Omega 3 Fish Oil and Heart Rate Variability

This is part of our ongoing The Best Kept Secrets to Healthy Aging spotlight. Each day, we will be posting some of the great information that’s packed into our book, The Best Kept Secrets to Healthy Aging.

Today’s topic:
Omega 3s and the Rhythm of Your Heart Beating

The contractile rhythms of the heart muscle are produced by synchronized waves of electrical excitation that are communicated through the heart. However, the beat of even a healthy heart is not absolutely regular. The beat varies as the cardiovascular system adjusts to moment-by-moment changes in demand. The ability of the heart to adjust its rhythms is called “heart rate variability” (HRV) and the greater the HRV the better able the heart is to fine tune its beat-to-beat timing without overreacting.

EPA and DHA work together to increase the heart muscle’s ability to respond to changing demands. A study published in the American Journal of Clinical Nutrition showed that daily dietary supplements of 800 mg of EPA plus 900 mg of DHA for 12 weeks given to a group of healthy men and women with low HRV nearly normalized this important paprameter.3 The improvements were found to be dose-dependent as greater effects were shown when even more EPA and DHA were consumed. In a separate study 6 months of dietary supplementation with fish oils (2000 mg total every day) increased HRV in elderly men and women nursing home residents.4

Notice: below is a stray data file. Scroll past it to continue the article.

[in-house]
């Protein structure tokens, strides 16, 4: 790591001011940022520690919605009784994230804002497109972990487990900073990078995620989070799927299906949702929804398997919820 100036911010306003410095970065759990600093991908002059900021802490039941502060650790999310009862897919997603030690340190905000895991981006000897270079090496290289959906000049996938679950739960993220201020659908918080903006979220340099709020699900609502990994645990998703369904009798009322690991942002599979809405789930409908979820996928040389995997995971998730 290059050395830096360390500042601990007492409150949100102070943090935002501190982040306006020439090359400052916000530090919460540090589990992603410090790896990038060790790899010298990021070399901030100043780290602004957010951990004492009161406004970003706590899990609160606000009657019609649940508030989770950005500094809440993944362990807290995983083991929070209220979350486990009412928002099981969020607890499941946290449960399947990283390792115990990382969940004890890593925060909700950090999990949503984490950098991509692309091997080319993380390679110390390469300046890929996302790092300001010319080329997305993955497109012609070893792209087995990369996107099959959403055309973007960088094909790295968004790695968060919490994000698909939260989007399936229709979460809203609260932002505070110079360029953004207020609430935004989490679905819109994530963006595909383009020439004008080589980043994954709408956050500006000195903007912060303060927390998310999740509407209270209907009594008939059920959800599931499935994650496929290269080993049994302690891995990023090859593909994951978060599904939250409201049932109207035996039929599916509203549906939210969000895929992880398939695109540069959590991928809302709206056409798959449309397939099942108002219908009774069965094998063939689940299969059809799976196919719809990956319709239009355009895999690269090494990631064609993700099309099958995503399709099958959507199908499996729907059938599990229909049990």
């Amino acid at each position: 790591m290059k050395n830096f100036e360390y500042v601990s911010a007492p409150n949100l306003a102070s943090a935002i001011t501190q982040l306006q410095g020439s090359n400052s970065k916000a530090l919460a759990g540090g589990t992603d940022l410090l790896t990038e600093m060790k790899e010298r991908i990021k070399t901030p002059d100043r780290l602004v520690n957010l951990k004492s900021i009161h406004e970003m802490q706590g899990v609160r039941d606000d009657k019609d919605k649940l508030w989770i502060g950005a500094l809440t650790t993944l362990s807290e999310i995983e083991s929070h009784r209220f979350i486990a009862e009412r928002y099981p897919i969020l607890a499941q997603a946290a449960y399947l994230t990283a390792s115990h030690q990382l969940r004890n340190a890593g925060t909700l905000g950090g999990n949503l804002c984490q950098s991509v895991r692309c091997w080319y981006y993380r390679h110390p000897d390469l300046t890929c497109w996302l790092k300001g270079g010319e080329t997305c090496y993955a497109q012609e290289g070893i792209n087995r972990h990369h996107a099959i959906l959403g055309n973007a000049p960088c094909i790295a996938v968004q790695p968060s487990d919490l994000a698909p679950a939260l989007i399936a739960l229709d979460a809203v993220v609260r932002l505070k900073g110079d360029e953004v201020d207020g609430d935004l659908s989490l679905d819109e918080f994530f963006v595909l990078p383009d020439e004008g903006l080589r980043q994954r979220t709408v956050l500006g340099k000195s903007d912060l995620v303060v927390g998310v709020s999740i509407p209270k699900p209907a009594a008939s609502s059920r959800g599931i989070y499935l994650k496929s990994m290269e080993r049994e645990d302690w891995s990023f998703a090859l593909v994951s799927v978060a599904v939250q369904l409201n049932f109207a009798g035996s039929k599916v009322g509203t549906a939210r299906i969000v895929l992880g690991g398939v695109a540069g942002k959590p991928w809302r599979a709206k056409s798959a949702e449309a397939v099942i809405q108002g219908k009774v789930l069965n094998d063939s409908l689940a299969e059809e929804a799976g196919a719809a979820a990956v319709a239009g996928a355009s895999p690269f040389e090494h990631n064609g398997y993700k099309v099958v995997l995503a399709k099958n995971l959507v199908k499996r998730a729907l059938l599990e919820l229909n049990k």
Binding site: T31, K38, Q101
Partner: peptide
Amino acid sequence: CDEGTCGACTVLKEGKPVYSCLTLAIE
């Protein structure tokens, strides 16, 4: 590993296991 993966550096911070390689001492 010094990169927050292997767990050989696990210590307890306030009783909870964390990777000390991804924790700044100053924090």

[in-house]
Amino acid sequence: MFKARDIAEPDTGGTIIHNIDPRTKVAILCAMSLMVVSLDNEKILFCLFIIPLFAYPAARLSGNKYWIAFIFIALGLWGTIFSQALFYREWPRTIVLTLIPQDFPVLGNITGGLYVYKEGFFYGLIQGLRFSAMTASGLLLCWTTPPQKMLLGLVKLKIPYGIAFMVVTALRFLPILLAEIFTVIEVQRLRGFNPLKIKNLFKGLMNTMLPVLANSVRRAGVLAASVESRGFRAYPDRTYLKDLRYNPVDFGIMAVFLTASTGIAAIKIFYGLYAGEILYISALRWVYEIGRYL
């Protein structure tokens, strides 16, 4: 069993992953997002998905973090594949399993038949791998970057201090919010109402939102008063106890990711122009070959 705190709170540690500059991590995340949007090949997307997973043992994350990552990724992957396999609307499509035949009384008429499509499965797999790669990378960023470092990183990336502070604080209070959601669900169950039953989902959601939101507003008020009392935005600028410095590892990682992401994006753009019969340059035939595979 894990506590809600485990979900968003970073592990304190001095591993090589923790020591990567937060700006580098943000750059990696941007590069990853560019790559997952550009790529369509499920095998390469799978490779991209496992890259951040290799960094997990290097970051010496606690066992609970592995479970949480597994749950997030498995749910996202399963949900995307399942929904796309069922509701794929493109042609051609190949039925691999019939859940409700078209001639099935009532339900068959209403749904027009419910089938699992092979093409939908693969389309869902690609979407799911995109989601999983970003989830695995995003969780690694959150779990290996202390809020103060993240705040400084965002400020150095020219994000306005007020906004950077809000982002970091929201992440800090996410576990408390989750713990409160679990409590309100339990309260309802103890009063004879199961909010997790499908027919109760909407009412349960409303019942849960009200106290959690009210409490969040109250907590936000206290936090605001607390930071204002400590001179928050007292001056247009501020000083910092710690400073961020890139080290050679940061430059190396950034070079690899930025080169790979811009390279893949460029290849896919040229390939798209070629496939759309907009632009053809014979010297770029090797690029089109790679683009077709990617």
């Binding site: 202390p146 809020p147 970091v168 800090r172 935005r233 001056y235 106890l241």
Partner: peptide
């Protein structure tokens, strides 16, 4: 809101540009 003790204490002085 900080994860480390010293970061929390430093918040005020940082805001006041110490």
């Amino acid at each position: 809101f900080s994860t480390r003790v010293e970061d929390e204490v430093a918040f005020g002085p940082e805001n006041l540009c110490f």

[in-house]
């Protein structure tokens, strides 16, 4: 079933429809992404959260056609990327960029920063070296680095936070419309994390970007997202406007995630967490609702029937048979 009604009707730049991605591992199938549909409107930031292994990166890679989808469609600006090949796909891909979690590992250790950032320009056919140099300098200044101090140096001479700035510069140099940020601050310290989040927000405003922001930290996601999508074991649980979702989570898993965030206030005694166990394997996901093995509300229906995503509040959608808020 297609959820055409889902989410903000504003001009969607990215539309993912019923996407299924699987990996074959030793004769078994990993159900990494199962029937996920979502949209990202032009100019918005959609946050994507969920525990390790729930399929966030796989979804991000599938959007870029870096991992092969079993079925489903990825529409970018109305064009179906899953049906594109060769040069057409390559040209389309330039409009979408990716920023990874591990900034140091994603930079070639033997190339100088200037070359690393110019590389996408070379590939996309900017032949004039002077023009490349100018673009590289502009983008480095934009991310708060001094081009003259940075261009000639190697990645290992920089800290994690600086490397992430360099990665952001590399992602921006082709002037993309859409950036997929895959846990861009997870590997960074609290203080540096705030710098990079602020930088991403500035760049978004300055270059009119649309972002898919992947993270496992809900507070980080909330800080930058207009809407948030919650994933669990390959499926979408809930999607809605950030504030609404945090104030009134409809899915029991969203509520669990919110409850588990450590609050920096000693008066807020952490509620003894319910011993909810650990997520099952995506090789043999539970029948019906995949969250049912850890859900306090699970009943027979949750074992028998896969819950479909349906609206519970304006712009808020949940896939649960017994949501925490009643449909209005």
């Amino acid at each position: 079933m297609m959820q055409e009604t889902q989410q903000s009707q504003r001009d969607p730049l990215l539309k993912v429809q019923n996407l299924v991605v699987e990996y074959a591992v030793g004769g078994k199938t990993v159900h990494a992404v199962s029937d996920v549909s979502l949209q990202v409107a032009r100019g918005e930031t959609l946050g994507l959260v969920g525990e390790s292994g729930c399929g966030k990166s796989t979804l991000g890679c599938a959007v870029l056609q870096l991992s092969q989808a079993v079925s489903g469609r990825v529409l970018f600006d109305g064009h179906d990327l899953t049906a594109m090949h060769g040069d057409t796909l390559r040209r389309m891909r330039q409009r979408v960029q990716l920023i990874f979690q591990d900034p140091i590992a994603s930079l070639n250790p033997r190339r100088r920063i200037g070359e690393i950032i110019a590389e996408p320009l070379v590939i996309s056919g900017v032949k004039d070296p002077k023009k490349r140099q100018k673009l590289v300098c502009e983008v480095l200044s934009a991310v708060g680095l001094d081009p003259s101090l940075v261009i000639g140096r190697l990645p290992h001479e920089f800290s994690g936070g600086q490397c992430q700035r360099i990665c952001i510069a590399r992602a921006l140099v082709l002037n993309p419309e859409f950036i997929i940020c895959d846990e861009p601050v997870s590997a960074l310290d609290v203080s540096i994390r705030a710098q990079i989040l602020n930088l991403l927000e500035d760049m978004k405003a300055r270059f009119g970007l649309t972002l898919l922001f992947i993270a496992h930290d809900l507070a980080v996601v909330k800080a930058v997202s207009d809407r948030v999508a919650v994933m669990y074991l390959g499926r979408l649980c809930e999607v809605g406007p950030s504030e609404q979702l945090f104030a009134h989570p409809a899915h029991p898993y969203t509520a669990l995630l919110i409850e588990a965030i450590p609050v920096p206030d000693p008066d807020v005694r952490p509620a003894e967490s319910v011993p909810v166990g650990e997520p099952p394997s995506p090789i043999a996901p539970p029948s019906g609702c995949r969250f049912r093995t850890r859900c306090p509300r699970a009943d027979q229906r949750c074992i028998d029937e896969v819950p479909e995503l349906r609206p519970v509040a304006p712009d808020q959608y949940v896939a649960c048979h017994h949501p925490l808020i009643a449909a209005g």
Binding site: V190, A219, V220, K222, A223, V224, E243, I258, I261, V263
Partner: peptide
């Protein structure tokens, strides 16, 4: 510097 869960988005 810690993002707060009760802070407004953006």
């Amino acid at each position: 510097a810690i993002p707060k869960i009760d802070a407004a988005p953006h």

What is even more interesting is that supplementation with these omega-3 fats doesn’t disturb HRV in individuals with normal values. A randomized placebo-controlled clinical trial published in the American Heart Journal found that dietary supplementation with EPA (700 mg/day) and DHA (560 mg/day) for 12 weeks had no influence in middle-aged men and women with normal heart rate variability, confirming the safety of fish oil supplements when they are consumed to maintain normal heart function.5 Further research has demonstrated the superiority of fish oils over olive oil in maintaining cardiac stability.6 These studies serve to show that EPA and DHA intake has heart function modulating effects, rather than potentiating effects, meaning that omega-3 fatty acids support normalization of heart function in individuals and are not over-stimulating. This effect also points to the safety of long-term use of fish oils for cardiac support as a part of a wellness regimen.

Tomorrow’s topic: Omega 3s and the Speed of Your Heart Beating

3. Christensen JH, Christensen MS, Dyerberg J, Schmidt EB. Heart rate variability and fatty acid content of blood cell membranes: A dose response study with n-3 fatty acids. Am J Clin Nutr 1999;70:331-337.

4. Holguin F, Tellez-Rojo MM, Lazo M, Mannino D, Schwartz J, Hernandez M, Romieu I. Cardiac autonomic changes associated with fish oil vs. soy oil supplementation in the elderly. Chest 2005;127:1102-1107.

5. Geelen A, Zock PL, Swenne CA, Brouwer IA, Schouten EG, Katan MB. Effect of n-3 fatty acids on heart rate variability and baroreflex sensitivity in middle-aged subjects. Am Heart J 2003;146:e4.

6. Christensen JH, Gustenhoff P, Korup E, Aaroe J, Toft E, Moller J, Rasmussen K, Dyerberg J, Schmidt EB. Effect of fish oil on heart rate variability in survivors of myocardial infarction: A double blind randomised controlled trial. BMJ 1996;312:677-678.

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